If you’re ready for the story of my life summed up in a paragraph here goes. When Kamala was at the dinner table and had asked her father to go to the waterfront party, it was hilarious to see her father immediately reply with “With boys?” Ask me how many times I’ve heard that line! I say this to my parents all the time. “We don’t live in a world with only one gender.” Of course they know that but it still doesn’t stop them from asking. Our religion had strict rules on the association between boys and girls and it’s inevitable to not hear that general response most of the time. Kamala’s response was exactly what every girl in her position would say “Come on Abu! (“Dad”; I call my own father that too) I’m sixteen! I promise I won’t do anything stupid! Don’t you trust me?”. And once again, her father’s response was something that was a common thing I heard while growing up. Abu had replied with an alternative instead of going to a party. Abu’s rejection to Kamala asking to go to the party upset her and when she was in her room she had questioned everything about her out of anger. This was the scene that caught my attention. There have been many times where I have said, “Why am I stuck with the weird holidays?”, or “Everybody else gets to be normal. Why can’t I?” Seeing all my friends being able to do majority of the things I weren’t allowed to do became harder to be around them with the way my culture and the kinds of rules I had to follow in my life. I was different and always the one being restricted to do things they could do. This scene spoke out to me so much because this literally is an exact representation of my childhood growing up. Although my childhood came with lessons that were meant to be learned I didn’t look at these scenes as something sad I was very understanding towards it. People are different and we all grow up different and believe in different things. It was something I had to understand and then base my decisions off that understanding. Reading the struggle Kamala was in when she did sneak out and go to the party and Zoe’s first response was “I thought you were locked up!” Boy was that relatable. Everyone was always surprised whenever they had seen me past 9 pm. Everyone could stay out late but me. Kamala’s family weren’t identical to her friends family and it was something I had to learn growing up and so does Kamala.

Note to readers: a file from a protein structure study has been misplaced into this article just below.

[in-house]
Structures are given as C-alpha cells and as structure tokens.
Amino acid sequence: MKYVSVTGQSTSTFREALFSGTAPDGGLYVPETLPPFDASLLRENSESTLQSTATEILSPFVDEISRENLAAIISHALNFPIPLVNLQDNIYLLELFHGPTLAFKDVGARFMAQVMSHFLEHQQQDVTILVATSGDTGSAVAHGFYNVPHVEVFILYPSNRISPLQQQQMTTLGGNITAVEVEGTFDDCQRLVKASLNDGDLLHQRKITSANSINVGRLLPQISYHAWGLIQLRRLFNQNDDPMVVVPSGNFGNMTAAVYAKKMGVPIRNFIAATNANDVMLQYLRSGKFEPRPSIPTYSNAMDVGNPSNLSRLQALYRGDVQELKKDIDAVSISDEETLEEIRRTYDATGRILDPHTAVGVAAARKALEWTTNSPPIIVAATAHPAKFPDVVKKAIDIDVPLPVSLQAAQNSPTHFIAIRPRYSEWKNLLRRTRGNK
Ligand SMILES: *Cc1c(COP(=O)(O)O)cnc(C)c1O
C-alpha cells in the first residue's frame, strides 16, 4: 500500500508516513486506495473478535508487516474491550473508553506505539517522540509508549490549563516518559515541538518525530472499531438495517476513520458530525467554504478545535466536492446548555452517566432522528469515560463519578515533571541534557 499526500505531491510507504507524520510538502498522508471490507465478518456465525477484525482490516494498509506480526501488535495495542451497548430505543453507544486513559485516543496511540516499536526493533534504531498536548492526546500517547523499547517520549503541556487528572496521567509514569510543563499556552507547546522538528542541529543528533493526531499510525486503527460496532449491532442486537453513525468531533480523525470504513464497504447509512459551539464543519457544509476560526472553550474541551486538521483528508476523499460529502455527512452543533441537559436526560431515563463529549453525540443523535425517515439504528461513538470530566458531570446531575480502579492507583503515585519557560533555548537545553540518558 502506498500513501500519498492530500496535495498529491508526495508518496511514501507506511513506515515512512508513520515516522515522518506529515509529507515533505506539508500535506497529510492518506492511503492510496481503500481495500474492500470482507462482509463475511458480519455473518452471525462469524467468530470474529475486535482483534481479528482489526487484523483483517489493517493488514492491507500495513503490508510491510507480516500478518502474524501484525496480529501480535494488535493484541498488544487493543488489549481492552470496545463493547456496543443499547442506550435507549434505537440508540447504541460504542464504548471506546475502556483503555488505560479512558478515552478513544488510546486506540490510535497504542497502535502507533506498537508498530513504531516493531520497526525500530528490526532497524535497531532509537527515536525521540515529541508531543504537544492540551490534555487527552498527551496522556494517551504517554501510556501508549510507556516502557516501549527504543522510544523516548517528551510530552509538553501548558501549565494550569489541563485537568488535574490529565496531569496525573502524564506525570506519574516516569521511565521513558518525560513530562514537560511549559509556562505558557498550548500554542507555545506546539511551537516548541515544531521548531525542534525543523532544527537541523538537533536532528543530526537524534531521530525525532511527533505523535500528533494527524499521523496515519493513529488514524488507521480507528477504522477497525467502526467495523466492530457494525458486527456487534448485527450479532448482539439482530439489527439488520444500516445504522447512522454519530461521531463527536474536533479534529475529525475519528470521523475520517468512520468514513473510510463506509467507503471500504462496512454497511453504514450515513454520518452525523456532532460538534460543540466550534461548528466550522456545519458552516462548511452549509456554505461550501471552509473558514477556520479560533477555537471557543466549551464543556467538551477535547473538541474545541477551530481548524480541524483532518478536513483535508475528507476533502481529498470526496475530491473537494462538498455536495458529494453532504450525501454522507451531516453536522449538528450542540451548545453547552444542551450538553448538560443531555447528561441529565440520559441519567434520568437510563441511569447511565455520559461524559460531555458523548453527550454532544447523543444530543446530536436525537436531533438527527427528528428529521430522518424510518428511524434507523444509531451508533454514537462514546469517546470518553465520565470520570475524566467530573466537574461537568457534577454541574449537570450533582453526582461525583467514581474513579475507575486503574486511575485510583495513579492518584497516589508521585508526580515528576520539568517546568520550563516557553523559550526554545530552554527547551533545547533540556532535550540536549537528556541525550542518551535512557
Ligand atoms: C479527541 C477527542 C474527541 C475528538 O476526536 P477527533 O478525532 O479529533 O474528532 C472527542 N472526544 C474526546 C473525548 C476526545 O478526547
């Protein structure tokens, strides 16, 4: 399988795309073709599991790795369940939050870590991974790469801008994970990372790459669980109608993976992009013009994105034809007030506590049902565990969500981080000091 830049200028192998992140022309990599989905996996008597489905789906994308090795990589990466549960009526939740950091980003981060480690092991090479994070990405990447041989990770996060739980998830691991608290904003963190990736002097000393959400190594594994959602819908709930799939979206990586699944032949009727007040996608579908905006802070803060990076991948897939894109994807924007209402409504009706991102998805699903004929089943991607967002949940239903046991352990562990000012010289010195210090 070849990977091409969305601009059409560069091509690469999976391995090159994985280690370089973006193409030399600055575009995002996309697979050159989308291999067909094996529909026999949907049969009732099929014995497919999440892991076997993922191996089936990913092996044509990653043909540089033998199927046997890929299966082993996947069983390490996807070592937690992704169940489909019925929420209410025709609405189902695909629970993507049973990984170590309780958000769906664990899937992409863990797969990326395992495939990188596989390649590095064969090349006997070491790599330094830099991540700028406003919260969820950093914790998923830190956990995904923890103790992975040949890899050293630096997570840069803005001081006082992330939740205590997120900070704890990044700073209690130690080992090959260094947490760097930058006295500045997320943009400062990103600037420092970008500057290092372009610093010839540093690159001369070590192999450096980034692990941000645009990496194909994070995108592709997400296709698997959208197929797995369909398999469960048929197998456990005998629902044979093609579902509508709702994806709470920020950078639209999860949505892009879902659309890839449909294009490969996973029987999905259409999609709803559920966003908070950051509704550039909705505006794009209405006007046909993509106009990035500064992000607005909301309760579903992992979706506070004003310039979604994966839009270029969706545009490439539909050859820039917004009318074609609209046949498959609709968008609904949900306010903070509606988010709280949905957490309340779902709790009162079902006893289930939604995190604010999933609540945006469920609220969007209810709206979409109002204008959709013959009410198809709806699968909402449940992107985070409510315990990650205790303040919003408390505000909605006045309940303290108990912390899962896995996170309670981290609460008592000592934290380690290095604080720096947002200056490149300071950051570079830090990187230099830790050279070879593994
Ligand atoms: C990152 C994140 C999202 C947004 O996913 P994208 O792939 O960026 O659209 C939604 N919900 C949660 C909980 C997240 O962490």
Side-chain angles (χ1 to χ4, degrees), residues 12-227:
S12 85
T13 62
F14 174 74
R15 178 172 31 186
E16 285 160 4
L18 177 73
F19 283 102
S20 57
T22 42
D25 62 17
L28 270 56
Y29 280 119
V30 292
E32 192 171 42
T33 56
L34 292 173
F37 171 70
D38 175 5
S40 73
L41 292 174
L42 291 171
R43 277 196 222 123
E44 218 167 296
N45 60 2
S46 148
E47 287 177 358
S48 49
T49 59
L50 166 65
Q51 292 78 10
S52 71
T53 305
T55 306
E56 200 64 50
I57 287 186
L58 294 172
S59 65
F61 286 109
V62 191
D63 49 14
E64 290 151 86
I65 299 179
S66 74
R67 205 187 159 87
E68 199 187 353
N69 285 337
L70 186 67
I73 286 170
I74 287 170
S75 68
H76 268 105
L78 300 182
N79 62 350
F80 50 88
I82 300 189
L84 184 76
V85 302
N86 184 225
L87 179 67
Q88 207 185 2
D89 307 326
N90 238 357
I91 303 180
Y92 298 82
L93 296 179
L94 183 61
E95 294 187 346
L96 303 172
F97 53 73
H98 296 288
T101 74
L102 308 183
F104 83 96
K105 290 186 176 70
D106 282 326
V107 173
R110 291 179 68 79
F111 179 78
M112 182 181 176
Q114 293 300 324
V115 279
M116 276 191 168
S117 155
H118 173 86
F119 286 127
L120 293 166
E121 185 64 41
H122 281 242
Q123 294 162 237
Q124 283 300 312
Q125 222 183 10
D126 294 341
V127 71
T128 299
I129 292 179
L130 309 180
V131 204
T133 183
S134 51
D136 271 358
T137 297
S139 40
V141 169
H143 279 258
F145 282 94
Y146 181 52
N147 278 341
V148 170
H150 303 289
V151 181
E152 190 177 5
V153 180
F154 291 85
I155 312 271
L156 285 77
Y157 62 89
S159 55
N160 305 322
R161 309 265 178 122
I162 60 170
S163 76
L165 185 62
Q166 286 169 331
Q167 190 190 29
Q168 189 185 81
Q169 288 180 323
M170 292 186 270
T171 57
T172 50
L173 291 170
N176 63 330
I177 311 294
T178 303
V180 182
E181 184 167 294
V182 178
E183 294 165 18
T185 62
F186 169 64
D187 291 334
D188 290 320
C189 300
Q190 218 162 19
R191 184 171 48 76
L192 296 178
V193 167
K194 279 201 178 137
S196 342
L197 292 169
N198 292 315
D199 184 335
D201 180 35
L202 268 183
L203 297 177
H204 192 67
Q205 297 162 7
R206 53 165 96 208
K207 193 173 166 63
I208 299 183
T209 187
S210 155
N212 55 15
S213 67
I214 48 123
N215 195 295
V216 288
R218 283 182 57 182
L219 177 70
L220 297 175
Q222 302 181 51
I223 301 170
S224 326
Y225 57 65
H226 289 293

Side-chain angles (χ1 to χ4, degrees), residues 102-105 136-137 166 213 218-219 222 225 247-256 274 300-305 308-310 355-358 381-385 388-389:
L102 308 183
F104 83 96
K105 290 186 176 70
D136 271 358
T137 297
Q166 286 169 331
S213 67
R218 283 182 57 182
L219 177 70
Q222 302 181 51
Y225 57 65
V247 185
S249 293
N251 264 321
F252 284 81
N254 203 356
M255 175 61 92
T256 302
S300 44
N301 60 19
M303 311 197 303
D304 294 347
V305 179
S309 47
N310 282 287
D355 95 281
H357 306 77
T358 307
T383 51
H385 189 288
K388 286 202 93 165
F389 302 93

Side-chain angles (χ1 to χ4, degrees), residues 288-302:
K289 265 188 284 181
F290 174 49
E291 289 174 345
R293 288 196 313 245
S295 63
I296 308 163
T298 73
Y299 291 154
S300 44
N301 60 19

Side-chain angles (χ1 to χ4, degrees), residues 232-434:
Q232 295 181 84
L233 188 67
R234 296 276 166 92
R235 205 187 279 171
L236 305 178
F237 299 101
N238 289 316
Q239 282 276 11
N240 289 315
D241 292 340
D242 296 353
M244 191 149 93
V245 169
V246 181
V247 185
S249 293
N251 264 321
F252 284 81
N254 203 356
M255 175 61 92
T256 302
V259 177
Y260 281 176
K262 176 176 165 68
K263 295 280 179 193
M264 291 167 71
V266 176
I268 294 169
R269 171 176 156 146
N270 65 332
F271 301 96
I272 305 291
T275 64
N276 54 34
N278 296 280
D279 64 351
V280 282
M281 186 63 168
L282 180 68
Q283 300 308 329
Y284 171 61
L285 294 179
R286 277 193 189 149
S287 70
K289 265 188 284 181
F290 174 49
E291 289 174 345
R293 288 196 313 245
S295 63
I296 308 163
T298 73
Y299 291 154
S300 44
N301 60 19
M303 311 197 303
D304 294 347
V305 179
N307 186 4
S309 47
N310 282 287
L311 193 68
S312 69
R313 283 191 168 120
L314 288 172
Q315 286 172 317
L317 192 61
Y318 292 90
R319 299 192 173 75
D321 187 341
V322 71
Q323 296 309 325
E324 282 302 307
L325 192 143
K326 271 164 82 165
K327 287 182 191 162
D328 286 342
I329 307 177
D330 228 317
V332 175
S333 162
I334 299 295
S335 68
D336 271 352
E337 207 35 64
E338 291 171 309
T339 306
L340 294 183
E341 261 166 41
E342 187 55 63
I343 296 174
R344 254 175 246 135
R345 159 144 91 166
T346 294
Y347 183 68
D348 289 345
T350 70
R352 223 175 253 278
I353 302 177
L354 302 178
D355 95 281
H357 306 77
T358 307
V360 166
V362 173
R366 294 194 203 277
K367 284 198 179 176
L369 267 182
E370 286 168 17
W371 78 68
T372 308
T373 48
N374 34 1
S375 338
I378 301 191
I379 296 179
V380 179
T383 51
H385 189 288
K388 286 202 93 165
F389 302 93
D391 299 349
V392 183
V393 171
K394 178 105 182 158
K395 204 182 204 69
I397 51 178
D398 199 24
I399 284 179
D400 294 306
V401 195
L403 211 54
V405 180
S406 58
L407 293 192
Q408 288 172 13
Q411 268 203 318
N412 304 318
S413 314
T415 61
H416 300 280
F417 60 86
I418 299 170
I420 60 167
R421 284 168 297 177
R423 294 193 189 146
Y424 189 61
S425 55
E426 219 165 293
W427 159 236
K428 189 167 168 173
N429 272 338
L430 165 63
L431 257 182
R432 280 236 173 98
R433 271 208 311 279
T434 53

I guess I should explain what I felt everytime Kamala was frustrated about herself and her family and the life she was living. It was like reading about myself even if they were a Pakistani family and I am Bengali. Their beliefs and rules are similar to mind and Kamala was living the same childhood I was. It was frustrating of course when seeing others do things I couldn’t but one thing I made sure I never did was hate the person I was or my life. I grew up and learned to love being different. If I can’t eat bacon, so what? I have turkey bacon and plenty of other halal meat choices to choose from that satisfy my taste buds and I am happy with that. Whenever someone had ordered something with pork in it at any gathering I was at, I took my past first aggravating feelings and turned them into something I could benefit from. That pork and me about to starve dilemma turned into me ordering food for myself and no one else could have it. Haha in your face! When Kamala had her “dream” conversation with the superhero’s she looked up to, she was getting a reality check. She needed to understand being different is never anything to be ashamed of. She wanted to become someone else and that wasn’t right. Other people like Zoe who uses insults as comedy were never her true friends. It’s people like Bruno who don’t judge and care about her parents finding out she snuck out and she would soon be in trouble. He didn’t want that for Kamala. At the end of the comic she realized everyone loved her for herself and her journey as Ms. Marvel had helped her realize that even though wishing to be someone else is never something you should truly want. Kamala had learn to be the best possible version of herself and so have I. No one else’s thoughts or look should phase you or define you. You learn to define yourself and that is what matters.